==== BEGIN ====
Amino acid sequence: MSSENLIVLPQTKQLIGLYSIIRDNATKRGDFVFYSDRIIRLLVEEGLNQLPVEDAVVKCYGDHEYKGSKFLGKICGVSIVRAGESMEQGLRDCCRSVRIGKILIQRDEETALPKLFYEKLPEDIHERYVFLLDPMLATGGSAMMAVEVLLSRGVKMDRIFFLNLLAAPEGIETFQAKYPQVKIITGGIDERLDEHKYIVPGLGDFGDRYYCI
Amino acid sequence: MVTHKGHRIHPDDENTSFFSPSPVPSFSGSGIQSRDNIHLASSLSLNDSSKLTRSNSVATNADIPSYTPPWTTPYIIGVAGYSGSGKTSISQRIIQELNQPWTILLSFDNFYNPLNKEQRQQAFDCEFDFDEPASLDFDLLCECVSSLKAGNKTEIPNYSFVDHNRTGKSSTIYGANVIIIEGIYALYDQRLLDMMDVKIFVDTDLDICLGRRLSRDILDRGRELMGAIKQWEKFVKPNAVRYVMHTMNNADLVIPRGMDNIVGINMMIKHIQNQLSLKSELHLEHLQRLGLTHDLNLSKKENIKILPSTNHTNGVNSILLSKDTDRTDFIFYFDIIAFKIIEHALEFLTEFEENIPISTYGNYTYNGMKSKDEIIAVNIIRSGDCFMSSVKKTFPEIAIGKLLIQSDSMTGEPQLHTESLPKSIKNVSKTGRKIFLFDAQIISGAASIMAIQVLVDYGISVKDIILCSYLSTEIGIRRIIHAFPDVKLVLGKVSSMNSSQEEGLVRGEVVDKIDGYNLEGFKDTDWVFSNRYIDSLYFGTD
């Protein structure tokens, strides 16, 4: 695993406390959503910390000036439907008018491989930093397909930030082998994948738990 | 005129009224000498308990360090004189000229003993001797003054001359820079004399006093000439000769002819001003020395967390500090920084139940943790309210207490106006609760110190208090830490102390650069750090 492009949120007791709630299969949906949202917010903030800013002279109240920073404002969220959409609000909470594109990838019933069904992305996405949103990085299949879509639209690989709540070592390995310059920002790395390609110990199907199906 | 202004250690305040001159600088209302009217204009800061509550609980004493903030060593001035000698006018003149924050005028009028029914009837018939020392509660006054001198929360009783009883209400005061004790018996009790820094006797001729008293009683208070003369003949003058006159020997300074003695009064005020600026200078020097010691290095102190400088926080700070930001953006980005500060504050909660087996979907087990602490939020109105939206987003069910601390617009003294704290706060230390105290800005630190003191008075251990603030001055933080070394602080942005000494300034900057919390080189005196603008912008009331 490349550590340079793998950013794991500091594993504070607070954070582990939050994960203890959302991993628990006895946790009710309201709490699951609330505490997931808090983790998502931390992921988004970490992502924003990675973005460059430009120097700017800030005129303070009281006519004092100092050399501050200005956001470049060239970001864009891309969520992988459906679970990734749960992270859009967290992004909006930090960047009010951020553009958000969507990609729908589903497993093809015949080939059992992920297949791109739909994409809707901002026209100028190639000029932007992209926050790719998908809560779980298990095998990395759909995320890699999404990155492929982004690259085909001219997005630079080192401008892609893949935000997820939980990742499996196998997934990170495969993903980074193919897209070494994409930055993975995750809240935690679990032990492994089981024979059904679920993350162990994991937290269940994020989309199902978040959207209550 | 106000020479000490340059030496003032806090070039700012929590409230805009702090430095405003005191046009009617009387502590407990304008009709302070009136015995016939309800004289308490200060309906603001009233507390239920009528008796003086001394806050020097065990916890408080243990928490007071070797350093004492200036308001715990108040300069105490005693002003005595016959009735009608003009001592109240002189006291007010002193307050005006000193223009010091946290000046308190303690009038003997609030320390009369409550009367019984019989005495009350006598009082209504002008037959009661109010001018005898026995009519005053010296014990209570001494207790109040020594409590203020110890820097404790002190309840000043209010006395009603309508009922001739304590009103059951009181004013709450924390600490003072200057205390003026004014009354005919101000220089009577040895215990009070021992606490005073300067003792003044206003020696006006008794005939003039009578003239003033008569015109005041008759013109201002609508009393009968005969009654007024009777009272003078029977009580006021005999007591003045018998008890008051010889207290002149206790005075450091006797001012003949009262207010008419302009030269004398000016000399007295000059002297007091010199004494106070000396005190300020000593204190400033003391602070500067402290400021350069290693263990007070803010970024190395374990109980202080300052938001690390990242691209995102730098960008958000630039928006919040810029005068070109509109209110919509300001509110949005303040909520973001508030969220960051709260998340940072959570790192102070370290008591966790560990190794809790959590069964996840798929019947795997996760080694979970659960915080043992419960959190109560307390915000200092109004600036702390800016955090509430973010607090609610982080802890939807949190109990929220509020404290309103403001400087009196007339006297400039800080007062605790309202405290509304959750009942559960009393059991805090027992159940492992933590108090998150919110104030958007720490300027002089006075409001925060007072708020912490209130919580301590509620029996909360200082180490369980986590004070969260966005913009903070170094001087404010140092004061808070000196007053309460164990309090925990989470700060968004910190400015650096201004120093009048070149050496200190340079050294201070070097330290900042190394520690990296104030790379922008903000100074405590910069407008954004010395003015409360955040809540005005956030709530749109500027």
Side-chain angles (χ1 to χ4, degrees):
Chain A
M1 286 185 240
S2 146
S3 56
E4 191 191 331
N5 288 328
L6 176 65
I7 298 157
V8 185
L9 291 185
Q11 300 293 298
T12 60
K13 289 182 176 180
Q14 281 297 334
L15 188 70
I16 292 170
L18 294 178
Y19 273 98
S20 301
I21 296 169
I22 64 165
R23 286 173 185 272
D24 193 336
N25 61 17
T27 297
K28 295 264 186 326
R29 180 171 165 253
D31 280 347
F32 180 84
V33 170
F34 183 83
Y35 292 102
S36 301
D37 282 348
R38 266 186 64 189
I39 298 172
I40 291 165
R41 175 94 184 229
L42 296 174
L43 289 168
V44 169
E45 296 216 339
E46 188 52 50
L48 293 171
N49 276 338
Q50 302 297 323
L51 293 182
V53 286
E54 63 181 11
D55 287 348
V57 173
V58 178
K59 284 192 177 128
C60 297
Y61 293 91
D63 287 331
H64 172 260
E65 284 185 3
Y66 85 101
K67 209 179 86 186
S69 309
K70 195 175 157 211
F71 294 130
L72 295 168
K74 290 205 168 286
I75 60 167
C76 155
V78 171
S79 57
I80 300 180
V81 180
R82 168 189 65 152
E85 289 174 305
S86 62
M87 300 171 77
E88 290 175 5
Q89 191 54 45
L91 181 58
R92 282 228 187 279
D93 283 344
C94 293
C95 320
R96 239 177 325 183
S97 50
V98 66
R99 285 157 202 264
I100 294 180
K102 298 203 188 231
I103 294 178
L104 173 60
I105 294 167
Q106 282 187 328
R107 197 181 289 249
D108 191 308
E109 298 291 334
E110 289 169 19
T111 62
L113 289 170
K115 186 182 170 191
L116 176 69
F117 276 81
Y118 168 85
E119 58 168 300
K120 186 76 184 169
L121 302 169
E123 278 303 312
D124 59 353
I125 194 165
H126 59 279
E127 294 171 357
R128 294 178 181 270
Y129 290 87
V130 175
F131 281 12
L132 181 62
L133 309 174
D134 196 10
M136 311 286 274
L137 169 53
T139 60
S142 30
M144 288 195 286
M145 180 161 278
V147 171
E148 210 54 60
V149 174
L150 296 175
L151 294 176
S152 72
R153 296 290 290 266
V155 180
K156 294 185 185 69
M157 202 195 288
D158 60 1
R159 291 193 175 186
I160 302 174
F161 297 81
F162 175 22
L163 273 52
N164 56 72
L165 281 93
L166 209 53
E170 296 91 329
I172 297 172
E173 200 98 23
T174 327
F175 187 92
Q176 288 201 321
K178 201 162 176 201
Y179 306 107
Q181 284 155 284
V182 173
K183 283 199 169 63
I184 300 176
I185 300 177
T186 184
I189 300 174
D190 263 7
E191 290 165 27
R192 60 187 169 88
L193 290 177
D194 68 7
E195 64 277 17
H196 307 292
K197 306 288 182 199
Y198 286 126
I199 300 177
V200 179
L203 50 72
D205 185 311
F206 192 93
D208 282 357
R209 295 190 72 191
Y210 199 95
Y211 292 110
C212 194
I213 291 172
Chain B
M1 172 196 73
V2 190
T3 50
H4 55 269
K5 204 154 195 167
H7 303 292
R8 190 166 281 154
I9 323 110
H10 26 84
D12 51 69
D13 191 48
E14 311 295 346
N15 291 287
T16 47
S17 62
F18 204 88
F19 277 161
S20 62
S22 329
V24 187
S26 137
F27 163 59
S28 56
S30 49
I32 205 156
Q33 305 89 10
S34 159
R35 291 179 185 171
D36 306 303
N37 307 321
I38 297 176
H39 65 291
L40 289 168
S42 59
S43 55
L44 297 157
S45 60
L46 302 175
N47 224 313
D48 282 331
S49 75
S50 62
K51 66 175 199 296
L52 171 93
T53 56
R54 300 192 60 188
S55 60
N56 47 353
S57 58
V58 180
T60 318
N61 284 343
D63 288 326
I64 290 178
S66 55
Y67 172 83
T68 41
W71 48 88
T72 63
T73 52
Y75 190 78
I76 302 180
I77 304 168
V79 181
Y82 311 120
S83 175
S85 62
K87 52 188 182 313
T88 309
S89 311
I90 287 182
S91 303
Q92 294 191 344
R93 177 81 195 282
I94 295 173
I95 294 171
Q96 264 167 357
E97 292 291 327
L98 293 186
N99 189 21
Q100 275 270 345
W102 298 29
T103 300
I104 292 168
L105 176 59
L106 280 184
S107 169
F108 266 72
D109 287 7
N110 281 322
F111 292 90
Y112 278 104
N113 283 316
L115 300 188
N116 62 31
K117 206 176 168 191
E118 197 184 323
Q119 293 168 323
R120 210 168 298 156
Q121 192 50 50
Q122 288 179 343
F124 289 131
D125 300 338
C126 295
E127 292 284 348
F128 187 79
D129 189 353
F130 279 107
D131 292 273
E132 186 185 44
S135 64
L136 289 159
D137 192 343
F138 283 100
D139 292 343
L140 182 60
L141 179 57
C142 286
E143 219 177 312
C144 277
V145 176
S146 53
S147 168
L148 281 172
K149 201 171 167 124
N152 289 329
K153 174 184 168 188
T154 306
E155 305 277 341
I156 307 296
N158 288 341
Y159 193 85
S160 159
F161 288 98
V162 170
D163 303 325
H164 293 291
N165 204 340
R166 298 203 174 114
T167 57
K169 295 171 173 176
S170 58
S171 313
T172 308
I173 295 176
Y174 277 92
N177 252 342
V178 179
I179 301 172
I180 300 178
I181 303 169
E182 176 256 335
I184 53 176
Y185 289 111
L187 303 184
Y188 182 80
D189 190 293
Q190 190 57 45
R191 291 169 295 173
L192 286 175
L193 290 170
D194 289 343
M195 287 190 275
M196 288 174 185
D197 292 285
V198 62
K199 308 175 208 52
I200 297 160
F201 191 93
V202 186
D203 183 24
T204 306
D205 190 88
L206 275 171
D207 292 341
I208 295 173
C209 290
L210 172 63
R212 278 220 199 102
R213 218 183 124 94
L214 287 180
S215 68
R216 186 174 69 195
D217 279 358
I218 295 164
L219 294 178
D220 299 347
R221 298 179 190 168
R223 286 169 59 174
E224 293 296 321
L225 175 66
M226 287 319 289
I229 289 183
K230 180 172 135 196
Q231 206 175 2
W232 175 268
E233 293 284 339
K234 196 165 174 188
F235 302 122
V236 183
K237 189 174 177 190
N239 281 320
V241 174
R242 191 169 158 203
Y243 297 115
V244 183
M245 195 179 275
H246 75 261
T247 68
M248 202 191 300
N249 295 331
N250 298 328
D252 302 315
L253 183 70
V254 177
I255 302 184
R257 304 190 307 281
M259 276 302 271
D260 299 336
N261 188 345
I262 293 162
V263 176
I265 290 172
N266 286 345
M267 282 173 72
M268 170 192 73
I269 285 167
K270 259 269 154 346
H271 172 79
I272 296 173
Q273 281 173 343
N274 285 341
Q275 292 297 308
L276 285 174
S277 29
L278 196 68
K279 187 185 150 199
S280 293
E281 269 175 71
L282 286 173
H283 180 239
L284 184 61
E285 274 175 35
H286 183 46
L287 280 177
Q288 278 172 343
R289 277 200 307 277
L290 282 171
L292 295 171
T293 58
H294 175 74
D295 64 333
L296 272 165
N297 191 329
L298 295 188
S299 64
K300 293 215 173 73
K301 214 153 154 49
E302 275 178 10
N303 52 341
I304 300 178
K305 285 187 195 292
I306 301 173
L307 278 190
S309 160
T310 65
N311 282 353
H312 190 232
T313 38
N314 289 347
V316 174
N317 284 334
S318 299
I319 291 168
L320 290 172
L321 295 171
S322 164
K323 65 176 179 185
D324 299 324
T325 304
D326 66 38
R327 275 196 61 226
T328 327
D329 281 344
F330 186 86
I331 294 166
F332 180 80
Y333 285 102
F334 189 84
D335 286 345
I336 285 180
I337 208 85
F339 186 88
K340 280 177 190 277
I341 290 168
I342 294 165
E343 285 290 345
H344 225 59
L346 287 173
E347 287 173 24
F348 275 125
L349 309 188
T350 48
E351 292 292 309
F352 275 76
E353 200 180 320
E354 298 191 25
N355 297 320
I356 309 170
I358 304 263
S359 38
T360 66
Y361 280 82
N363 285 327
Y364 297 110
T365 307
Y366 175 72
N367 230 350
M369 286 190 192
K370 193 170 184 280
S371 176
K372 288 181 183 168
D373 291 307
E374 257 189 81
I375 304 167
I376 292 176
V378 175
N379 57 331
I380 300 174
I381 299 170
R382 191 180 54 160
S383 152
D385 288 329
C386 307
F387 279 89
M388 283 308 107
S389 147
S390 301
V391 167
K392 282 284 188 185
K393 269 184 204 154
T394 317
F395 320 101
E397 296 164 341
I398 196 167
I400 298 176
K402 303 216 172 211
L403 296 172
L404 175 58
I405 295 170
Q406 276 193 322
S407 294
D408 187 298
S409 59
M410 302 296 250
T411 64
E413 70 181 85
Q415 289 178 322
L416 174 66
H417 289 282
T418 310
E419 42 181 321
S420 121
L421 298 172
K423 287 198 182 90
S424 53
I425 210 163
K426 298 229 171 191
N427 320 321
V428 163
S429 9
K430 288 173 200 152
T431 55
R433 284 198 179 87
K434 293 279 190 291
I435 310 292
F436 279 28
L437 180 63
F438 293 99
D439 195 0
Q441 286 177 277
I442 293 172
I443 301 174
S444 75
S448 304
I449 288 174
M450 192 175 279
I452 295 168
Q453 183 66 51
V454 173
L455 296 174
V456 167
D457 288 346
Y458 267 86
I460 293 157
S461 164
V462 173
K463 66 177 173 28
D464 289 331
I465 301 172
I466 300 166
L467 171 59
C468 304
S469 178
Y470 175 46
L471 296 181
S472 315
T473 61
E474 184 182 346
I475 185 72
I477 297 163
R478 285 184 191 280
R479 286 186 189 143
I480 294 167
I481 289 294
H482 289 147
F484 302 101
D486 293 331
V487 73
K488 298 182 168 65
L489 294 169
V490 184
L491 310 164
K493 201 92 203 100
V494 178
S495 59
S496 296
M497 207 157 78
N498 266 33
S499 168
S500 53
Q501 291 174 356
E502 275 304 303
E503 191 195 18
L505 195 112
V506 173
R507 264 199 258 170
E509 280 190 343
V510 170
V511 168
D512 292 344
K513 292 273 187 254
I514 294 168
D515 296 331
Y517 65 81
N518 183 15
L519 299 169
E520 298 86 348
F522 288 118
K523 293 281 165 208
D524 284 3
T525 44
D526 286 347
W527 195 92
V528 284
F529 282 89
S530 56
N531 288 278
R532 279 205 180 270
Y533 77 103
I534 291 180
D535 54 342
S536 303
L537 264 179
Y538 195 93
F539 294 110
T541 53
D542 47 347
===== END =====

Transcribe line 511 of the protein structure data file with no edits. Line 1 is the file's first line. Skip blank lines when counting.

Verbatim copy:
I380 300 174